A SWOT analysis involves an evaluation of your company's strengths, weaknesses, opportunities and threats. This tool is valuable when assessing your current position in the marketplace, and encourages a business owner to look ahead to identify the right strategies to achieve goals. When effective, there are few drawbacks to a SWOT, but the time involved and the potential bias in preparation are obstacles.
The primary value of a SWOT analysis is the potential to uncover profitable business opportunities you wouldn't have identified otherwise. The key is to figure out how to utilize your business strengths to take advantage of prime opportunities in your industry. A company with large cash reserves as a strength may seize an opportunity to get into a high-traffic building that recently became available, for instance.
SWOT also helps you play defense as well. Your weaknesses are areas or vulnerability that competitors may point out, and that may deter customers from patronizing your business. Knowing your limitations helps you prepare a compelling branding strategy that focuses on strengths, and offsets weaknesses. Threats are factors that could impede your ability to stabilize or grow your company moving forward. Proposed government regulations that mandate costly recycling and renewal programs that will negatively impact your ability to compete on price would be a threat. With a SWOT analysis, you can contemplate how to proactively or strategically address the new regulations rather than waiting until a point of desperation.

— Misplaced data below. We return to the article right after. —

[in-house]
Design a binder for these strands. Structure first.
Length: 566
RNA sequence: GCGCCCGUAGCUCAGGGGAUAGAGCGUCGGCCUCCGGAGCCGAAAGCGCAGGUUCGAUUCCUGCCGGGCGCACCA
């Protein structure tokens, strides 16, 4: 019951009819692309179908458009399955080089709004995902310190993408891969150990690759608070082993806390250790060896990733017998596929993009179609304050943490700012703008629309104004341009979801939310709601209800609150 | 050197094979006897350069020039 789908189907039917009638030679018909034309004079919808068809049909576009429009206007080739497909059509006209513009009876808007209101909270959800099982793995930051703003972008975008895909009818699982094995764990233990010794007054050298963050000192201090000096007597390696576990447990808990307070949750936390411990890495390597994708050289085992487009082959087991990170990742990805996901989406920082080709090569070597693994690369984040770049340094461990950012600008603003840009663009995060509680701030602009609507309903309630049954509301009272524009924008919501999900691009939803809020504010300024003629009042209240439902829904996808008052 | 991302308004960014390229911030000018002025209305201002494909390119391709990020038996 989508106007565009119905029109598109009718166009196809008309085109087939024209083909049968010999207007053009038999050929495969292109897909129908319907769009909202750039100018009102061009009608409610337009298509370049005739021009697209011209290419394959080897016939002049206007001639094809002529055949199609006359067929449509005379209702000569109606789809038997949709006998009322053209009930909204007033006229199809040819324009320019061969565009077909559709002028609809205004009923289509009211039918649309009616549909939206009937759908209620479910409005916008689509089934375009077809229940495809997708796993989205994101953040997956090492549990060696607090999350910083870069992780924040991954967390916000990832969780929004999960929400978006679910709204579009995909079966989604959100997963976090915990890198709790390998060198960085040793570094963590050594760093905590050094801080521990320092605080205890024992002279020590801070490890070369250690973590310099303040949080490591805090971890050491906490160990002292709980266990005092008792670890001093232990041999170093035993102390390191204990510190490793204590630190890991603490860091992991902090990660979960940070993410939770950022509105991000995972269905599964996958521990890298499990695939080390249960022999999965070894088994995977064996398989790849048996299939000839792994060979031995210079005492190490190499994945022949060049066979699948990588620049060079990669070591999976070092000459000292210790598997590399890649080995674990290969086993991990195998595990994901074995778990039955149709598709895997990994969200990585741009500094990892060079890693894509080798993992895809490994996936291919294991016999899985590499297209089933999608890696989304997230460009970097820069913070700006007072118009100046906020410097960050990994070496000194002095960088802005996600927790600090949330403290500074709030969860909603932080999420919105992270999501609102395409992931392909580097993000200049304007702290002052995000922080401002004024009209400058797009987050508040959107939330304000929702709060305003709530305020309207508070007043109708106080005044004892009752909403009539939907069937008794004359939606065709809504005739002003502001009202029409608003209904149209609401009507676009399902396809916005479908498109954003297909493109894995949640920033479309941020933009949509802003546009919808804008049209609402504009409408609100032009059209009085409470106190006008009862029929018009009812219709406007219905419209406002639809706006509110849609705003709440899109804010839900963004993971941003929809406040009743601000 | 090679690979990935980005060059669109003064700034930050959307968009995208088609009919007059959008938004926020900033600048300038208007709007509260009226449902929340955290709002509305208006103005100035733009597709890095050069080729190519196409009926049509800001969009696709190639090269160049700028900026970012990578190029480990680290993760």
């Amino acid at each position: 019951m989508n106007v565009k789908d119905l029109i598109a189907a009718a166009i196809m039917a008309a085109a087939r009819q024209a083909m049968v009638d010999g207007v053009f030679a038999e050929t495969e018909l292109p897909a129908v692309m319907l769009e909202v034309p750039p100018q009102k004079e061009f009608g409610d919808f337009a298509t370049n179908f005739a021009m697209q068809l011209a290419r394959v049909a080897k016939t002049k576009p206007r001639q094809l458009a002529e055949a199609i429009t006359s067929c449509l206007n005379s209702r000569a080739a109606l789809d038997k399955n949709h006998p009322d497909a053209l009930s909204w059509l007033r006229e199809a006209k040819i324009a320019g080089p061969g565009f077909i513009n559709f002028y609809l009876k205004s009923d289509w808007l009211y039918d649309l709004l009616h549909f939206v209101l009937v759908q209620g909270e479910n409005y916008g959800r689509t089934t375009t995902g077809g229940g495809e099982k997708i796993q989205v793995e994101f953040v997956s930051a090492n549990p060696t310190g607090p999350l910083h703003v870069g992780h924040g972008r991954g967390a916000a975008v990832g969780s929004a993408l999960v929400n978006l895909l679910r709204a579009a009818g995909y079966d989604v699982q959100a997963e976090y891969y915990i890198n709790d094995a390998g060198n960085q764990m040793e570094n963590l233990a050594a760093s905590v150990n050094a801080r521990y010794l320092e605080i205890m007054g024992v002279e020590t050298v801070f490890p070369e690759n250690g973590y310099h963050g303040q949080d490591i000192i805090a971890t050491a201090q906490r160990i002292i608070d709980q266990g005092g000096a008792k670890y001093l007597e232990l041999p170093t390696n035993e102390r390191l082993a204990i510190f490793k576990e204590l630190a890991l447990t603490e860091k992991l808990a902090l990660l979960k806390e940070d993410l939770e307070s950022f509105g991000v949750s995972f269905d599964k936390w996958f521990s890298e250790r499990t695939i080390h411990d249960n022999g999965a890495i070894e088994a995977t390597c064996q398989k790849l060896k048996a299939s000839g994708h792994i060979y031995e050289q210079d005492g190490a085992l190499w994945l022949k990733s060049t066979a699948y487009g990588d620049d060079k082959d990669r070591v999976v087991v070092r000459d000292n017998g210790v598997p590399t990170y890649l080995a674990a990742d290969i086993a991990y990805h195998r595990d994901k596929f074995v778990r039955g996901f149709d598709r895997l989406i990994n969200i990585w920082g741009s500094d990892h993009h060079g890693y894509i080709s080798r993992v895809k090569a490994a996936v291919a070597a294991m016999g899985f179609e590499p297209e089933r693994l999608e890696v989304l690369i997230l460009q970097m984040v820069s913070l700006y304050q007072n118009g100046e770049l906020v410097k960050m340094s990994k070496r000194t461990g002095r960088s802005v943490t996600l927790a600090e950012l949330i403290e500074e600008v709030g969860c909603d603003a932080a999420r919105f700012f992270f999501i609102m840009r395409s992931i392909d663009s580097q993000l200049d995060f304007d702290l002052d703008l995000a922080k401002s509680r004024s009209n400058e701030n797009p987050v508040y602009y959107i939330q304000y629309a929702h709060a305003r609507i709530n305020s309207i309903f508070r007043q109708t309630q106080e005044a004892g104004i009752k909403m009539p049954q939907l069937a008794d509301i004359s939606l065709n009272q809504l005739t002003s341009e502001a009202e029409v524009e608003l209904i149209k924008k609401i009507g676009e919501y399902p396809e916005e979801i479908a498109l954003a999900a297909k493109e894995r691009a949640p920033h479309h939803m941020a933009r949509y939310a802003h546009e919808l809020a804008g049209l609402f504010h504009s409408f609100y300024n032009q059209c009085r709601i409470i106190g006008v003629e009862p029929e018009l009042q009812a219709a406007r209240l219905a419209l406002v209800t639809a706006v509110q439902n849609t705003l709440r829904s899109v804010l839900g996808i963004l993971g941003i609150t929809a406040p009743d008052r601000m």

A SWOT analysis typically is performed by executives or top managers in a business. However, some companies include department leaders and employees, or have each department prepare its own SWOT analysis. Trying to get multiple people involved in the process can lead to extreme differences in perspectives. Participants may disagree, for instance, on which particular strengths are most important to your business plans. Selecting the opportunities to invest in is another potential source of contention, as participants may disagree on which new market or project offers the highest potential return on investment.
It is sometimes beneficial to gain input from outside sources when performing a SWOT analysis. Business associates, suppliers, partners, city officials and even customers can offer useful insights.
Neil Kokemuller has been an active business, finance and education writer and content media website developer since 2007. He has been a college marketing professor since 2004. Kokemuller has additional professional experience in marketing, retail and small business. He holds a Master of Business Administration from Iowa State University.